Concrete data in the form of key performance indicators, or KPIs, is compelling evidence that your marketing team’s efforts are getting results. While it may seem like a daunting task to find the right KPIs to prove this, it’s far from impossible.
Today, we’ll look closer at two basic marketing KPIs your company should be tracking and what each means.
Marketing Qualified Lead (MQL) Conversion Rate
Delivering a thousand MQLs sounds fantastic, but not if the conversion rate is very low. When it comes to MQLs, quality trumps quantity.
While you still might set a goal for the number of MQLs that marketing creates, the focus should be on creating quality MQLs. You can determine whether you are delivering quality leads by measuring the number of leads against a conversion percentage goal.
What the MQL Conversion Rate Tells You
A low conversion rate tells you that you first should look at your MQL definition and whether your lead scoring program is set up to deliver leads that fit that definition. You may have too many requirements that an otherwise qualified lead won’t match, driving your numbers down. Too few requirements and MQL quality declines, which causes sales to spend valuable time sifting through them.
Second, take a look at your nurture foundation. Is it truly engaging your audience, at their pace? You may need to rework some marketing plans.
Finally, how quickly does your sales team follow up? Warm leads can get cold pretty quickly. You’ll also want to know how many leads turn cold and why.
A good conversion rate tells you that your efforts are working. Unfortunately, it won’t tell you which efforts. To find this out, sort the MQLs by lead source and calculate the conversion rate for each source. This will show you which sources consistently convert more than others, and what parts of your marketing strategy need to improve.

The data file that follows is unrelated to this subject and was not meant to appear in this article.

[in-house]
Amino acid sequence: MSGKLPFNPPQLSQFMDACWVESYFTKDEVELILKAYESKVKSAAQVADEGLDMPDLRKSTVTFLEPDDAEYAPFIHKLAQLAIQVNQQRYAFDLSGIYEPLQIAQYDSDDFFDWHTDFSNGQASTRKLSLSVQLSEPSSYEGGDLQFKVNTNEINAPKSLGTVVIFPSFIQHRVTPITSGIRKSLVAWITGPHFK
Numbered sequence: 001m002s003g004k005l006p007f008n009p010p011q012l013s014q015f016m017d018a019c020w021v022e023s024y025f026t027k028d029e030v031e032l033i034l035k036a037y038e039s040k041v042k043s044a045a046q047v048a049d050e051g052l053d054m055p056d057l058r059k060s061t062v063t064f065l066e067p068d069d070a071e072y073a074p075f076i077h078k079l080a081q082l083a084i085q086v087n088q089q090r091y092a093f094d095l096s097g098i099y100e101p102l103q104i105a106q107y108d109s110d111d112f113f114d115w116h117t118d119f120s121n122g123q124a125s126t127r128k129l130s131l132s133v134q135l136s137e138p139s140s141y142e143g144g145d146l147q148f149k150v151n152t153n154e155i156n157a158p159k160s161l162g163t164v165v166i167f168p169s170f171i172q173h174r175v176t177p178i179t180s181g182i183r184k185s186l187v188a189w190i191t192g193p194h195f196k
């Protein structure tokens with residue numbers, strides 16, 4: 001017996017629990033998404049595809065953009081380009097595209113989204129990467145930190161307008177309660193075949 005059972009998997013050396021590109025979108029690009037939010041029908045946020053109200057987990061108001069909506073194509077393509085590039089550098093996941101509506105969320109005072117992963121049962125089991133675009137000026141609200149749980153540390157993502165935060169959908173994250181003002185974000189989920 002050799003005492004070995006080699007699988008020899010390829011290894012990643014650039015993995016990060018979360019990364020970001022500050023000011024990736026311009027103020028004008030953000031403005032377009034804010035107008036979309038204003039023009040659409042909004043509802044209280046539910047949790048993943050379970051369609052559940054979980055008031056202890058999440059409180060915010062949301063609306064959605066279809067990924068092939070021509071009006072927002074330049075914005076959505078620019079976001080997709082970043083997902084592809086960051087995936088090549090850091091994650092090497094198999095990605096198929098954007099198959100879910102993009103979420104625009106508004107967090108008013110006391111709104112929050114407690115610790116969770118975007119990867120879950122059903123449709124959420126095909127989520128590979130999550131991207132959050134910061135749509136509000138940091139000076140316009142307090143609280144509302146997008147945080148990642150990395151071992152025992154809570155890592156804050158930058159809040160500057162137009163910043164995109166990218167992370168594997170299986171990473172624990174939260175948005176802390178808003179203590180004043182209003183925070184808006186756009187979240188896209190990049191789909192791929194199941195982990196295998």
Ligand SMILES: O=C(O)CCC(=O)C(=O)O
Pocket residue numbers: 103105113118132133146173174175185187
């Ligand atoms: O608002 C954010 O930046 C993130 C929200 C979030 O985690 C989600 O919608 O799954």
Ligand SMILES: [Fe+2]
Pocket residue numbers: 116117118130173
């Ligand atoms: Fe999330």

Tracking Your MQL Conversion Rate
Once you pass an MQL on to sales, keep tracking it. Note how quickly the lead is accepted, and if it was rejected, why it was. If your workflows are already set up to track lifecycle stages, then you’re good to go. If not, setting this up should be your top priority.
Next, track the actions that the sales team can take. Generally, this is a field on the lead record in the CRM that gives the sales team the option to accept or reject the lead. From this information, you can easily generate a report to calculate your overall MQL conversion rate expressed as a percentage.
Sales Qualified Lead (SQL) Conversion Rate
The SQL conversion rate measures how often a lead converts from an accepted lead into a sales-qualified lead. At this point, the sales team has created an opportunity for conversion. This metric is arguably even more important to track than the MQL conversion rate.
What the SQL Conversion Rate Tells You
By tracking the leads that make it from acceptance to the SQL stage, your marketing team can pinpoint the campaigns and content making an impact. This lets you identify high-value content. Better yet, you can turn this newly identified high-value content into multiple marketing messages, especially for the early stages of exposure where persistence is key.
If the conversion rate is abnormally low, it’s time to initiate a conversation with sales to learn why. It could be the qualification rules are incorrect, or you need additional nurture activities to better qualify for sales-ready leads.
Tracking Your SQL Conversion Rate
This essentially requires the same setup as your MQL conversion rate. In addition to tracking MQLs, ensure you’re also tracking the lifecycle stage and can update the stage as necessary.
Sales should still be able to reject an acceptable lead, as they might an MQL. However, at this stage, the acceptance can be automated. An SQL needs to be associated with an opportunity. This allows your marketing automation platform workflow to change the lifecycle stage to SQL when the contact is added to an opportunity. The final report generated will be the same as the MQL conversion report, with the added choice to filter on accepted leads or SQL stages.
This is an excerpt from our eBook: “Building KPIs That Matter: A Tried-and-True Guide for Marketers”. Download and read the full eBook for free here.